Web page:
It’s been almost 8 months since the world lost Barry, since I lost him. You would think that after this amount of time, life would start to get easier. I feel as if it’s getting harder.

It’s like trying to see over the edge of a fence which is too high. You hold on with your fingertips and pull yourself up to peer over. At first, you can do it. It’s not easy, but you manage to find the strength. But after a while, your determination wavers, your fingers start to ache, and pain develops in your arms, legs, back and neck. You struggle to hold on, and keep looking, but eventually you feel like letting go. You need to let go.

I feel like letting go. I have tried and tried to hold on, but I’m exhausted and I want to let go and find some release from the constant pain.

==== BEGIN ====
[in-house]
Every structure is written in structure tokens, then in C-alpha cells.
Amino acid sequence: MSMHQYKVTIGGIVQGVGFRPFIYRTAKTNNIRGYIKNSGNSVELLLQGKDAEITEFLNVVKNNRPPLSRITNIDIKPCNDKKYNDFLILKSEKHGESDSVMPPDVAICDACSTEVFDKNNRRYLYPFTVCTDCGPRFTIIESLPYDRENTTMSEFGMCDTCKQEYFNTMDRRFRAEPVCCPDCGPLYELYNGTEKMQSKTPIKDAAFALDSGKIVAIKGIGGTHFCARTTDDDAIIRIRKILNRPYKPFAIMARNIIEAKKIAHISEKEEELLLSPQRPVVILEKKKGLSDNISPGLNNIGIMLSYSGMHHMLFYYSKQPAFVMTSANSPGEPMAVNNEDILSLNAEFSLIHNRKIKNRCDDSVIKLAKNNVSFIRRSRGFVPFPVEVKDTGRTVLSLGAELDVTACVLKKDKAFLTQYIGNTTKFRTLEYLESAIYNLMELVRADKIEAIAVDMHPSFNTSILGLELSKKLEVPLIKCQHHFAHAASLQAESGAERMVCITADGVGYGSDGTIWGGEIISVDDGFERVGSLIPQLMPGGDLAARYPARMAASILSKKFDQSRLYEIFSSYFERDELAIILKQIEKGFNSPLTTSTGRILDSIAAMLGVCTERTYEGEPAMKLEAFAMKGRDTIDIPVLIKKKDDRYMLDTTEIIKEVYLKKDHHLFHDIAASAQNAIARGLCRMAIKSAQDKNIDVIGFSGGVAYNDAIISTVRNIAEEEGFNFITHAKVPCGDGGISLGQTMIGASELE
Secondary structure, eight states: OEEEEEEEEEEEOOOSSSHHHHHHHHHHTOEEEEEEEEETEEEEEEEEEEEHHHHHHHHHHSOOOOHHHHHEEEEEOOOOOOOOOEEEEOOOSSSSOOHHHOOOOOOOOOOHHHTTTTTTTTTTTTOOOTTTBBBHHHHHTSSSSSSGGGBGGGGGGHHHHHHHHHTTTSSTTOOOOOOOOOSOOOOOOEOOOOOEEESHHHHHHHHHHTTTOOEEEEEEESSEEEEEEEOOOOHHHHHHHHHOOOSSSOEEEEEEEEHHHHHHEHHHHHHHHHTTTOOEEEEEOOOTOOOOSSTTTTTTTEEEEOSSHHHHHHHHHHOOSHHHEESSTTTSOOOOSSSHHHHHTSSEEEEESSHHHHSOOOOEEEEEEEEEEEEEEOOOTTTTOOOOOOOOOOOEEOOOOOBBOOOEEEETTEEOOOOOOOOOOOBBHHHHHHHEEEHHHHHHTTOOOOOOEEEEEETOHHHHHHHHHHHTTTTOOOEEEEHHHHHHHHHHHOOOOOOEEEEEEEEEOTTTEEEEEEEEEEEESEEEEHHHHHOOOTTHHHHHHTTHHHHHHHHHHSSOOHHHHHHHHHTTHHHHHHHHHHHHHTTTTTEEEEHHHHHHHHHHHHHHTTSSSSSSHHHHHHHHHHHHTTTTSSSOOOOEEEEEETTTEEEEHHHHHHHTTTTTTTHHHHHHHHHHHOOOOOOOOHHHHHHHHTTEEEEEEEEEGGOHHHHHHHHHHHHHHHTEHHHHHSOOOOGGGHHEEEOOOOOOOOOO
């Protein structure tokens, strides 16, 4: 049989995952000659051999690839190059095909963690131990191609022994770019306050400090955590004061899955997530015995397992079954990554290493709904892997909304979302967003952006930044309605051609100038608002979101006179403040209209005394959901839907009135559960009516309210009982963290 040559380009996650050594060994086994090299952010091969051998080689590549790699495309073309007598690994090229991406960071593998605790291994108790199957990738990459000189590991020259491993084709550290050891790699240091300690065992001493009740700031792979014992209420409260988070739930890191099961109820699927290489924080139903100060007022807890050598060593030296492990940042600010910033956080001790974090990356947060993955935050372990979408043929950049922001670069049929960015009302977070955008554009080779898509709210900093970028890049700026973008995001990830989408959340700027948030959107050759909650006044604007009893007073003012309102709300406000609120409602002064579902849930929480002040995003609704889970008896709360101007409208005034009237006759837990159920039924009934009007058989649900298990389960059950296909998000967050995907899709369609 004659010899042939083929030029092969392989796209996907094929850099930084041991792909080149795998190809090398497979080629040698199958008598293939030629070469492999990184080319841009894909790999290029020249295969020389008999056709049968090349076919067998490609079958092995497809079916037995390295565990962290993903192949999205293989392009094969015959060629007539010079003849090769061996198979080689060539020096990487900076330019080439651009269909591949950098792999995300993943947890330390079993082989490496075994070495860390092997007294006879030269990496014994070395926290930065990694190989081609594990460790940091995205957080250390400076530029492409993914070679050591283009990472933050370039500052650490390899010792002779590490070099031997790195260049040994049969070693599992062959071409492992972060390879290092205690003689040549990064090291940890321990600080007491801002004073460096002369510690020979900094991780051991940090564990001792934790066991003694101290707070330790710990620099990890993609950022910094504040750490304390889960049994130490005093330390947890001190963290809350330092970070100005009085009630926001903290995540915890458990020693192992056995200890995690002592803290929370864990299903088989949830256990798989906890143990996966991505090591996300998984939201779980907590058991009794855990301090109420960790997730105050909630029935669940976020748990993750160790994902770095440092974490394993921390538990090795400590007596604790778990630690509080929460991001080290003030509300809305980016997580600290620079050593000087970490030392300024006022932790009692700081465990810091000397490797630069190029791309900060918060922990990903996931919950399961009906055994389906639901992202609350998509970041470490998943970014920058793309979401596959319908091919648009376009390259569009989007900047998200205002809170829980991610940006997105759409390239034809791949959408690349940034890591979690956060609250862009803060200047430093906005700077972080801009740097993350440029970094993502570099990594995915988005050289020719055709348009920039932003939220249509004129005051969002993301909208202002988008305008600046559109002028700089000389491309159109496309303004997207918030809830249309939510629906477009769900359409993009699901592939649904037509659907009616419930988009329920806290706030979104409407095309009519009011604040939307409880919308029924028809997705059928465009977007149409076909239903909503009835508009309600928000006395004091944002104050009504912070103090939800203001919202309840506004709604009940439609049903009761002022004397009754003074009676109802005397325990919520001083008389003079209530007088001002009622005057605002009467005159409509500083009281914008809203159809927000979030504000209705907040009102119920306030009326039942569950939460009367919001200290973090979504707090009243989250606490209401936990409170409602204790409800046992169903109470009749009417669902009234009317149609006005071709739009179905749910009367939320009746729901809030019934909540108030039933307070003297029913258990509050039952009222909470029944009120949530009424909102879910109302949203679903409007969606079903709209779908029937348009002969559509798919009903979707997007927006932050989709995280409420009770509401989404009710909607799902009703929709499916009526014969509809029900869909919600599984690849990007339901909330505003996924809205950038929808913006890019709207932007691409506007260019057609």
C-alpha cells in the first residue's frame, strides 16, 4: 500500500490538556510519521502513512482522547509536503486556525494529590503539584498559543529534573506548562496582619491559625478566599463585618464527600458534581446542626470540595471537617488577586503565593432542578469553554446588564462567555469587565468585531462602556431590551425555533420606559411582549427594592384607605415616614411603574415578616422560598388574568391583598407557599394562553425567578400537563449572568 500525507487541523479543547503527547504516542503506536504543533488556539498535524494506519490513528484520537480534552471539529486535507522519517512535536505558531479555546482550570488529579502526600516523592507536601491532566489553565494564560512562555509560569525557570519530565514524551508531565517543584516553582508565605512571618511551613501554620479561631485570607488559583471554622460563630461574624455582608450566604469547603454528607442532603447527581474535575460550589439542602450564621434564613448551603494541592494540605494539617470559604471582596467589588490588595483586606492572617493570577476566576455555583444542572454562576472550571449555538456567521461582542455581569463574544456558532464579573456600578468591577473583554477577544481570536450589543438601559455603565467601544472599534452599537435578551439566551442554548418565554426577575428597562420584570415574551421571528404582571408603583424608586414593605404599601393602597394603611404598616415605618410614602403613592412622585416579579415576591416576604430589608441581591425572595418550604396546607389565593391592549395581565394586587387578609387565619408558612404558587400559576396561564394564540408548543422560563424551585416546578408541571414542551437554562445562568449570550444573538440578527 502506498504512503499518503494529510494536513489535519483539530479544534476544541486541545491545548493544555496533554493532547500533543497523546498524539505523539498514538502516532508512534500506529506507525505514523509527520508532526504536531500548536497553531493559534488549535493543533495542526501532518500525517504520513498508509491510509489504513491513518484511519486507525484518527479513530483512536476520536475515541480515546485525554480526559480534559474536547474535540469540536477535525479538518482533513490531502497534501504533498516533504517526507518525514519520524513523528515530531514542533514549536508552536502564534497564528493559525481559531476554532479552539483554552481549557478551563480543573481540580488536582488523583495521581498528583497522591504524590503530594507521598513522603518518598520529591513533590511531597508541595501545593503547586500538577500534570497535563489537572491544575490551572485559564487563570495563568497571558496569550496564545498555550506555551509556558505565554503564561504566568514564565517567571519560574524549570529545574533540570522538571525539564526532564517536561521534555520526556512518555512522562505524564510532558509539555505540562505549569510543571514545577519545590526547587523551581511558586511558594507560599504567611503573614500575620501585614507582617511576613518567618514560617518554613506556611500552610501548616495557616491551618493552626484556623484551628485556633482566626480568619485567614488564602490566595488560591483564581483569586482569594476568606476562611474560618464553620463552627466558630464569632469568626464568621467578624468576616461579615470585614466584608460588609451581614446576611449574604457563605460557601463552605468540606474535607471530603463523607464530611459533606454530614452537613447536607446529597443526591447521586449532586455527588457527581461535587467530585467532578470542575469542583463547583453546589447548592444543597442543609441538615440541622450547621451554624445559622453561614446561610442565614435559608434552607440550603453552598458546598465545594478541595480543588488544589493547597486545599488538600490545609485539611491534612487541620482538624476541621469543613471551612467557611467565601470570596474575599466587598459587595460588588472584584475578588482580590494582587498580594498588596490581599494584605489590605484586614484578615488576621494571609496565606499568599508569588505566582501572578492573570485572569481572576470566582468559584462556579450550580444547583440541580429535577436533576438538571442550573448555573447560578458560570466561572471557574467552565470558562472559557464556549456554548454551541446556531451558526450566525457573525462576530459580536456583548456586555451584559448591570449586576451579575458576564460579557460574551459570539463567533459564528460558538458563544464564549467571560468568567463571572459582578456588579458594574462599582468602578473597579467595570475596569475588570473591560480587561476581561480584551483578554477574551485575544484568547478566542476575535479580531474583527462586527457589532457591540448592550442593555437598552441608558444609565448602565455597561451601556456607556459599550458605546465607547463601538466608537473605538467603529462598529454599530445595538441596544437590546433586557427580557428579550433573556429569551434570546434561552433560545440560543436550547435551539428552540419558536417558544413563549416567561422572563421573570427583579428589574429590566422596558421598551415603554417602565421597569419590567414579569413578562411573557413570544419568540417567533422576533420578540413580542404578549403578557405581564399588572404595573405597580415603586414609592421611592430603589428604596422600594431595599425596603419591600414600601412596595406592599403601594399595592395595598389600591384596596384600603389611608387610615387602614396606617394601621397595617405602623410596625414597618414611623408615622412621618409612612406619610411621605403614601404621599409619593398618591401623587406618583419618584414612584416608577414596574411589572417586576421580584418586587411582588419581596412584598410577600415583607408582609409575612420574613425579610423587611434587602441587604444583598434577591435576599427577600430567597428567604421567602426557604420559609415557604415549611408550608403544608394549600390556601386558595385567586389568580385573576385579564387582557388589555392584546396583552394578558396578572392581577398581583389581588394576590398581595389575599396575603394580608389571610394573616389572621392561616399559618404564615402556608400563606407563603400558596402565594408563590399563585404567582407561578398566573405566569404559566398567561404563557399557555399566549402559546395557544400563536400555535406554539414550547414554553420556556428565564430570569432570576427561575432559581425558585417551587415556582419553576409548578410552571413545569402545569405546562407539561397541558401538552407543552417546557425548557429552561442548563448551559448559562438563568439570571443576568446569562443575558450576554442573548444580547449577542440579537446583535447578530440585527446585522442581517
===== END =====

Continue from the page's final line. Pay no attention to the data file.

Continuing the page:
My councillor recognised this and asked me the following question:

“If you were allowed to have one thing on a wish list that was guaranteed to come true, what would it be?”

To have Barry back was my first thought, but I knew she meant in the realm of the living, so I didn’t give that answer directly. I replied, “Apart from the one thing I would really want, but I know I can’t have…”

She nodded.

“I want and need a long break,” I said.

“How long?”

“At least three months.”

“Then we have to find a way for you to have three months off work.”

Just like that. She told me that if I needed time off, people would understand. It wasn’t a sign of weakness. She said that if I didn’t have the days owing to me then I would qualify for Sickness Allowance considering everything I’ve been through and the level of my stress. She told me that she would be highly surprised to hear that my bosses would be surprised by this need.